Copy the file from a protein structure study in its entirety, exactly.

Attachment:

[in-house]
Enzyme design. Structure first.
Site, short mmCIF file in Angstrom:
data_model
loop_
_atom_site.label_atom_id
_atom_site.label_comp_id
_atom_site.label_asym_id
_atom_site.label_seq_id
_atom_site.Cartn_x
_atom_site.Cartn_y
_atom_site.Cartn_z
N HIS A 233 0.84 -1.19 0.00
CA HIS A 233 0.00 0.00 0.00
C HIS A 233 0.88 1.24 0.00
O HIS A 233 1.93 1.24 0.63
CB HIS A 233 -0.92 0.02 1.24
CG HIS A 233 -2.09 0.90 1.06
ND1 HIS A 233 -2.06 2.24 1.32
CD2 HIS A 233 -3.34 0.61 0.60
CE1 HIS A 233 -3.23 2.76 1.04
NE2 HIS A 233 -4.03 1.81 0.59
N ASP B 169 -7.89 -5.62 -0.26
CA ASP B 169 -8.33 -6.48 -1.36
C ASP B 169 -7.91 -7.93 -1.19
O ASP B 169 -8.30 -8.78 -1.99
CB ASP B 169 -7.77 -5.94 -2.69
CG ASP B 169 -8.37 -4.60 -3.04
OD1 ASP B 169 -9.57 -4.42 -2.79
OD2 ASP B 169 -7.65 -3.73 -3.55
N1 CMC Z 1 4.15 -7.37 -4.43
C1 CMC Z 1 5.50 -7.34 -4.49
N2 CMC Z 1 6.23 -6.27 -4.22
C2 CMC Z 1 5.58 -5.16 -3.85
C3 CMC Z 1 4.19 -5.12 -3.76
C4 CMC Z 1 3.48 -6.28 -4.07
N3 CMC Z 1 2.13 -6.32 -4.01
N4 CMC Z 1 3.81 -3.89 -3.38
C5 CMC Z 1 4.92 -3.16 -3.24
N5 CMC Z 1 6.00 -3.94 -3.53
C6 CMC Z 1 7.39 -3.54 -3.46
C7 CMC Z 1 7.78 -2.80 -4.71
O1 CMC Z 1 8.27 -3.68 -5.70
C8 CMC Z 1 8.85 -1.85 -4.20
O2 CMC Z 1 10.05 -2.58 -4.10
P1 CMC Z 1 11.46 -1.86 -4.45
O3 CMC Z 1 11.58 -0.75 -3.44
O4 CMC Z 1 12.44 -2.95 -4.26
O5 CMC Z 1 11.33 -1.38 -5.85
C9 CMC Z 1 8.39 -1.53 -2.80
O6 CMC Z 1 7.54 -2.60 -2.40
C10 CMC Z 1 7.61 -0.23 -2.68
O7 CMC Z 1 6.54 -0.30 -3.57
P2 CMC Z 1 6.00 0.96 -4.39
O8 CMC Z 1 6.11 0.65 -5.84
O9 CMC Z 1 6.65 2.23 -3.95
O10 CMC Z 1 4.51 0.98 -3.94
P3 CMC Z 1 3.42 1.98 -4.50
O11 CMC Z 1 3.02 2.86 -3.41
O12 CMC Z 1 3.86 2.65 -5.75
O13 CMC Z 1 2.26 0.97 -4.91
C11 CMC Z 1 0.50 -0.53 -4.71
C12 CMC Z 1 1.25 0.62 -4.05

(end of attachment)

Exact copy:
[in-house]
Enzyme design. Structure first.
Site, short mmCIF file in Angstrom:
data_model
loop_
_atom_site.label_atom_id
_atom_site.label_comp_id
_atom_site.label_asym_id
_atom_site.label_seq_id
_atom_site.Cartn_x
_atom_site.Cartn_y
_atom_site.Cartn_z
N HIS A 233 0.84 -1.19 0.00
CA HIS A 233 0.00 0.00 0.00
C HIS A 233 0.88 1.24 0.00
O HIS A 233 1.93 1.24 0.63
CB HIS A 233 -0.92 0.02 1.24
CG HIS A 233 -2.09 0.90 1.06
ND1 HIS A 233 -2.06 2.24 1.32
CD2 HIS A 233 -3.34 0.61 0.60
CE1 HIS A 233 -3.23 2.76 1.04
NE2 HIS A 233 -4.03 1.81 0.59
N ASP B 169 -7.89 -5.62 -0.26
CA ASP B 169 -8.33 -6.48 -1.36
C ASP B 169 -7.91 -7.93 -1.19
O ASP B 169 -8.30 -8.78 -1.99
CB ASP B 169 -7.77 -5.94 -2.69
CG ASP B 169 -8.37 -4.60 -3.04
OD1 ASP B 169 -9.57 -4.42 -2.79
OD2 ASP B 169 -7.65 -3.73 -3.55
N1 CMC Z 1 4.15 -7.37 -4.43
C1 CMC Z 1 5.50 -7.34 -4.49
N2 CMC Z 1 6.23 -6.27 -4.22
C2 CMC Z 1 5.58 -5.16 -3.85
C3 CMC Z 1 4.19 -5.12 -3.76
C4 CMC Z 1 3.48 -6.28 -4.07
N3 CMC Z 1 2.13 -6.32 -4.01
N4 CMC Z 1 3.81 -3.89 -3.38
C5 CMC Z 1 4.92 -3.16 -3.24
N5 CMC Z 1 6.00 -3.94 -3.53
C6 CMC Z 1 7.39 -3.54 -3.46
C7 CMC Z 1 7.78 -2.80 -4.71
O1 CMC Z 1 8.27 -3.68 -5.70
C8 CMC Z 1 8.85 -1.85 -4.20
O2 CMC Z 1 10.05 -2.58 -4.10
P1 CMC Z 1 11.46 -1.86 -4.45
O3 CMC Z 1 11.58 -0.75 -3.44
O4 CMC Z 1 12.44 -2.95 -4.26
O5 CMC Z 1 11.33 -1.38 -5.85
C9 CMC Z 1 8.39 -1.53 -2.80
O6 CMC Z 1 7.54 -2.60 -2.40
C10 CMC Z 1 7.61 -0.23 -2.68
O7 CMC Z 1 6.54 -0.30 -3.57
P2 CMC Z 1 6.00 0.96 -4.39
O8 CMC Z 1 6.11 0.65 -5.84
O9 CMC Z 1 6.65 2.23 -3.95
O10 CMC Z 1 4.51 0.98 -3.94
P3 CMC Z 1 3.42 1.98 -4.50
O11 CMC Z 1 3.02 2.86 -3.41
O12 CMC Z 1 3.86 2.65 -5.75
O13 CMC Z 1 2.26 0.97 -4.91
C11 CMC Z 1 0.50 -0.53 -4.71
C12 CMC Z 1 1.25 0.62 -4.05